Tuesday, 05 September 2023 00:00

Understanding the Origins and Telltale Signs of a Bunion

Bunions, a prevalent foot condition, can cast a shadow on even the most graceful strides. A bunion, or hallux valgus, emerges when the joint at the base of the big toe shifts out of alignment, causing the toe to lean toward the other toes. The reasons why bunions may develop can vary, often stemming from genetic predisposition. Additionally, wearing ill-fitting footwear that squeezes the toes, or conditions that impact foot mechanics may lead to getting a bunion. The symptoms manifest as a bony bump at the base of the big toe, accompanied by pain, swelling, and redness. As the condition progresses, the affected toe may cross over or under the adjacent toe, causing discomfort and it can be difficult to find comfortable shoes. Recognizing the definition, causes, and symptoms of bunions is crucial in seeking the correct treatment. If you have a bunion, it is suggested that you consult with a podiatrist who can guide you toward the relief and treatment options that are best for you.

If you are suffering from bunion pain, contact one of our podiatrists of Kokomo Foot & Ankle Center. Our doctors can provide the care you need to keep you pain-free and on your feet.

What Is a Bunion?

Bunions are painful bony bumps that usually develop on the inside of the foot at the joint of the big toe. As the deformity increases over time, it may become painful to walk and wear shoes. Women are more likely to exacerbate existing bunions since they often wear tight, narrow shoes that shift their toes together. Bunion pain can be relieved by wearing wider shoes with enough room for the toes.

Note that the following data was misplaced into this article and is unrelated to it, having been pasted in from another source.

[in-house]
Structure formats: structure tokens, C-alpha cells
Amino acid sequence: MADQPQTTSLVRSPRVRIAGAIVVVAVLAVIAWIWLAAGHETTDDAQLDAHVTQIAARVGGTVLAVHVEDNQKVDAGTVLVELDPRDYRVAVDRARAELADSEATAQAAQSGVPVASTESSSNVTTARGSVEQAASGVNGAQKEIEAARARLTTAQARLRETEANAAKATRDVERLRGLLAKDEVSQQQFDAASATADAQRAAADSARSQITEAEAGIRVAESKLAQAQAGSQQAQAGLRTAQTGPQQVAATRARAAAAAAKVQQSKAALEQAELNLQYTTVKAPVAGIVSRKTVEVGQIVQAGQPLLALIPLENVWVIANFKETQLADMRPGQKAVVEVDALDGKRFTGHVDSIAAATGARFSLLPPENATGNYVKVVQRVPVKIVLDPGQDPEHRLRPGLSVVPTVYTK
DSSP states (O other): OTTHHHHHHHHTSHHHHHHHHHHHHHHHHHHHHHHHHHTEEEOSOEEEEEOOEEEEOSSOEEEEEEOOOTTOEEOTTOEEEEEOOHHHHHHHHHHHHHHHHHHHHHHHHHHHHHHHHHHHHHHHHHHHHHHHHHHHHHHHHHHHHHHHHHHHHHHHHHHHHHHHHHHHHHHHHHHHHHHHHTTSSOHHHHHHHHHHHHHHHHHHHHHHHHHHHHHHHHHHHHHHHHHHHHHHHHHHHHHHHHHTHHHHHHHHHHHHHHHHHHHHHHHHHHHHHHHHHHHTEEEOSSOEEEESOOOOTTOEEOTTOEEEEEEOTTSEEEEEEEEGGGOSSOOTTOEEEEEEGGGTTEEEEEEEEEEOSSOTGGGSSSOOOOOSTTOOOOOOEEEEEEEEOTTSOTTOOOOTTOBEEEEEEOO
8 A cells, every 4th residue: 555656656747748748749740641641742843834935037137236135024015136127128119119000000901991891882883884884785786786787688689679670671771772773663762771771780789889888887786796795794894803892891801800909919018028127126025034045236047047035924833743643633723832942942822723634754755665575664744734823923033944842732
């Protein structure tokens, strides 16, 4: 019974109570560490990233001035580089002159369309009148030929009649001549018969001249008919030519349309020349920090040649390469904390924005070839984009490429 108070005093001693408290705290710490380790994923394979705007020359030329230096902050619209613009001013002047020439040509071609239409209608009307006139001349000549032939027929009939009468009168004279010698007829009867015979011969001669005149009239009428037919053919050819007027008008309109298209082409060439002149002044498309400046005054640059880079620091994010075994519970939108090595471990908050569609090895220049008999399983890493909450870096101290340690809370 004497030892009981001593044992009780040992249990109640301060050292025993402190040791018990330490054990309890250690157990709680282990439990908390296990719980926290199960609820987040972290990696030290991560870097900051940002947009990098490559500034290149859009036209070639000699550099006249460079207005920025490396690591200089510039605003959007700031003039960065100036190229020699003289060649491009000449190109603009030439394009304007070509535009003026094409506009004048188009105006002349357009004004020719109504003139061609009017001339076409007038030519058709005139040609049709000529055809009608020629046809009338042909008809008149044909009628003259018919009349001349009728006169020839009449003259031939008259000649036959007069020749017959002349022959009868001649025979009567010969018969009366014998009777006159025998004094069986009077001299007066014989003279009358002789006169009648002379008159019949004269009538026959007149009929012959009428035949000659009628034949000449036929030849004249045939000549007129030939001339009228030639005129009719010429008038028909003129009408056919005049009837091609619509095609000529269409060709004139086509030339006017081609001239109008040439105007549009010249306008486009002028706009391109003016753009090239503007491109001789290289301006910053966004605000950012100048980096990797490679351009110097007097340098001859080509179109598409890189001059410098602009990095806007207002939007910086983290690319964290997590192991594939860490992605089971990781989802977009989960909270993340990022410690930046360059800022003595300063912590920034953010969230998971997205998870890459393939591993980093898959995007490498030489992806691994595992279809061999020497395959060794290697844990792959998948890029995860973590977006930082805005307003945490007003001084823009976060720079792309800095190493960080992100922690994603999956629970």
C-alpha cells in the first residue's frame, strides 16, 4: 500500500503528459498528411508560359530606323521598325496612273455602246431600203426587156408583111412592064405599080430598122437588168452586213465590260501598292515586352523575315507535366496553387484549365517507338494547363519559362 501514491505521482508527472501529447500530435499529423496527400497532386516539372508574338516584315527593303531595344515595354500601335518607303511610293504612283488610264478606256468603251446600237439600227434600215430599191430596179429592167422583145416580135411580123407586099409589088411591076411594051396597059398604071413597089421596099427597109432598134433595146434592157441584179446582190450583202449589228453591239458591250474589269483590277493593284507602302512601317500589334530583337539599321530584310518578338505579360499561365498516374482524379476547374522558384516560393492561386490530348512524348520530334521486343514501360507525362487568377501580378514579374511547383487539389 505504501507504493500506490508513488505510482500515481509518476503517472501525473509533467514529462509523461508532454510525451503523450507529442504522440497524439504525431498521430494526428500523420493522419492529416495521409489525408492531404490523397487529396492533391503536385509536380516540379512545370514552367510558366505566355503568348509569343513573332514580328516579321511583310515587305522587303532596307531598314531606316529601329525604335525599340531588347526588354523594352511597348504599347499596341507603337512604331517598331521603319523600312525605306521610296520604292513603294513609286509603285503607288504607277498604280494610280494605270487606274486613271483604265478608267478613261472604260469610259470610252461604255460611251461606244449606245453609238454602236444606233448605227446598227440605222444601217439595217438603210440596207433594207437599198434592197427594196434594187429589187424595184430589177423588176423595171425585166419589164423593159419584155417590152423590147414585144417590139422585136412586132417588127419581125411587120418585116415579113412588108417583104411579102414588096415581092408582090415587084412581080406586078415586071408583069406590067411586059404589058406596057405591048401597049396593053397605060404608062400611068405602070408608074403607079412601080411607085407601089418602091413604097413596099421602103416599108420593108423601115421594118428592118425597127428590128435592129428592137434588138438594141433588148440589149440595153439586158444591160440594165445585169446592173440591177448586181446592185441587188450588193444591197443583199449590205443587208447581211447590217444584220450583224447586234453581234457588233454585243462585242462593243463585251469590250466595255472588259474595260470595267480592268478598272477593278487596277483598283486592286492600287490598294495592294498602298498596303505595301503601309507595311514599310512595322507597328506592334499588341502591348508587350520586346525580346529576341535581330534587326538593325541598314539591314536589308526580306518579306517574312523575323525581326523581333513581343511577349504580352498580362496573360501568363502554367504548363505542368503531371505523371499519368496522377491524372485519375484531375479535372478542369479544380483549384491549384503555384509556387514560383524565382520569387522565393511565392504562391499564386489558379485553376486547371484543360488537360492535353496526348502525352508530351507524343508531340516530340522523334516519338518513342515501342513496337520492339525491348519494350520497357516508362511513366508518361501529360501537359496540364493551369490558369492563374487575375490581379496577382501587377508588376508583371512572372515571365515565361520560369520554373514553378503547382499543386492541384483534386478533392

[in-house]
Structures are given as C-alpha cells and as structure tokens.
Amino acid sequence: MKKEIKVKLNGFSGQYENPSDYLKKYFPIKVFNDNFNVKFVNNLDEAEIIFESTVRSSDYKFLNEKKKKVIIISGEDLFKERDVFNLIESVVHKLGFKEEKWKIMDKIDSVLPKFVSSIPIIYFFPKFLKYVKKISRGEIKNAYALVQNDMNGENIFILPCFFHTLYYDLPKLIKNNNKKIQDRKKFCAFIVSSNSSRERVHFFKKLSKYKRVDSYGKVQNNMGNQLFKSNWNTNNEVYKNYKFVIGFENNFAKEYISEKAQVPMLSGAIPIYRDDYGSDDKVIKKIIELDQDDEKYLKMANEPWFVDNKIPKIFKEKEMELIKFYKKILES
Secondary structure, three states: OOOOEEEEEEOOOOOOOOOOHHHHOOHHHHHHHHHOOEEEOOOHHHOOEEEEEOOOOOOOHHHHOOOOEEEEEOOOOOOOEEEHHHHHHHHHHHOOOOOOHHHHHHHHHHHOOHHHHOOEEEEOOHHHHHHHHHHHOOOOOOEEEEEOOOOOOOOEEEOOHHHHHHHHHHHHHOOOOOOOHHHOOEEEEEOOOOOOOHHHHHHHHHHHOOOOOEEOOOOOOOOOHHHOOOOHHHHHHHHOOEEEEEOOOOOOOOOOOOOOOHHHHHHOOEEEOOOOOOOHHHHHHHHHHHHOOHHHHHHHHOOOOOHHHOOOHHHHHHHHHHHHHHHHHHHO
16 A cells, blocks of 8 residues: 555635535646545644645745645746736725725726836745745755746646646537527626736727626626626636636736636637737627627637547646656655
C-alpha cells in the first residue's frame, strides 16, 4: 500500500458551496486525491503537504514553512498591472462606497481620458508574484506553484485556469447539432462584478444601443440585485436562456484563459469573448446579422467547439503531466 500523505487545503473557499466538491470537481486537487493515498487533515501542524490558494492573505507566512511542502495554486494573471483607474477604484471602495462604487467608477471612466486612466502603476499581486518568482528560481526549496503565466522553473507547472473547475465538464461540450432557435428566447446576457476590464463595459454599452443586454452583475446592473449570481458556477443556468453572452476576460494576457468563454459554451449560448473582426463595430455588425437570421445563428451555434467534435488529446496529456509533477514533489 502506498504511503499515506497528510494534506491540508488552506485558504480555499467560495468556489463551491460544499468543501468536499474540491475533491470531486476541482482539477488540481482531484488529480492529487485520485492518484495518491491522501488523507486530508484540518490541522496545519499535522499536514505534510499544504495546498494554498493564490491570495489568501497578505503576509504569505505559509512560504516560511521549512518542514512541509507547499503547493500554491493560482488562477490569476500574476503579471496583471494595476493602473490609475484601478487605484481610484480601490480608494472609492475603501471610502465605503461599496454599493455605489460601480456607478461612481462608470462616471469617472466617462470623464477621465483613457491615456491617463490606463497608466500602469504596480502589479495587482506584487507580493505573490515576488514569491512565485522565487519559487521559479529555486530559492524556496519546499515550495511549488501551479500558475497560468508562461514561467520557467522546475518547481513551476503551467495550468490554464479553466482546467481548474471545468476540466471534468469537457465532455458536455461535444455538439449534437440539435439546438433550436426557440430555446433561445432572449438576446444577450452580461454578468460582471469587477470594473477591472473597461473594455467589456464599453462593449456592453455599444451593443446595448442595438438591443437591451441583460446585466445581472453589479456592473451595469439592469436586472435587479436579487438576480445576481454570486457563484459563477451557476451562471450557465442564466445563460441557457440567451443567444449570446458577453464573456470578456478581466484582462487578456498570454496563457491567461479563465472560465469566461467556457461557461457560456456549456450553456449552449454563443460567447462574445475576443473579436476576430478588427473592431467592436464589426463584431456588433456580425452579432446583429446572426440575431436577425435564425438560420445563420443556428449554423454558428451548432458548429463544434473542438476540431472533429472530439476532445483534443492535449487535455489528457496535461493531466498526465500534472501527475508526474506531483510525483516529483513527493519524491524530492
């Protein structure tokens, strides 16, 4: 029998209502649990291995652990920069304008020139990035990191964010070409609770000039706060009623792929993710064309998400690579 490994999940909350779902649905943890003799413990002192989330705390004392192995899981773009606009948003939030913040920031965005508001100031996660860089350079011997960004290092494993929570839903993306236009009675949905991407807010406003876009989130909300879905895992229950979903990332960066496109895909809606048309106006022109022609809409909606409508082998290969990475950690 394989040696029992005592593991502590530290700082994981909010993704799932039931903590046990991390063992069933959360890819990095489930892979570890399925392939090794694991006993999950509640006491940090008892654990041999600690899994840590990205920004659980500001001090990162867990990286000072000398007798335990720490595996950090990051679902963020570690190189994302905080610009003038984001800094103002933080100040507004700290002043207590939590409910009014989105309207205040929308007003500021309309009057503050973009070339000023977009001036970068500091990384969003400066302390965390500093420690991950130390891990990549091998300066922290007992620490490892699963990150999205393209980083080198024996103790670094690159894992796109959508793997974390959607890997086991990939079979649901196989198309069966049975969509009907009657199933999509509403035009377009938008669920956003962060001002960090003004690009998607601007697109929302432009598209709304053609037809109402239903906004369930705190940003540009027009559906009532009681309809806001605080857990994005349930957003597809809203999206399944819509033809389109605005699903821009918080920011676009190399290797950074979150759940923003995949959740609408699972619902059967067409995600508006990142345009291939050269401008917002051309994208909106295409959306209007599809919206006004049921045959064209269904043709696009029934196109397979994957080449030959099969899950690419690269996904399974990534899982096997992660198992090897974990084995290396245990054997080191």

• Genetics – some people inherit feet that are more prone to bunion development
  • Inflammatory Conditions - rheumatoid arthritis and polio may cause bunion development


  • Redness and inflammation
  • Pain and tenderness
  • Callus or corns on the bump
  • Restricted motion in the big toe

In order to diagnose your bunion, your podiatrist may ask about your medical history, symptoms, and general health. Your doctor might also order an x-ray to take a closer look at your feet. Nonsurgical treatment options include orthotics, padding, icing, changes in footwear, and medication. If nonsurgical treatments don’t alleviate your bunion pain, surgery may be necessary.

If you have any questions, please feel free to contact our office located in Contact Us . We offer the newest diagnostic and treatment technologies for all your foot care needs.

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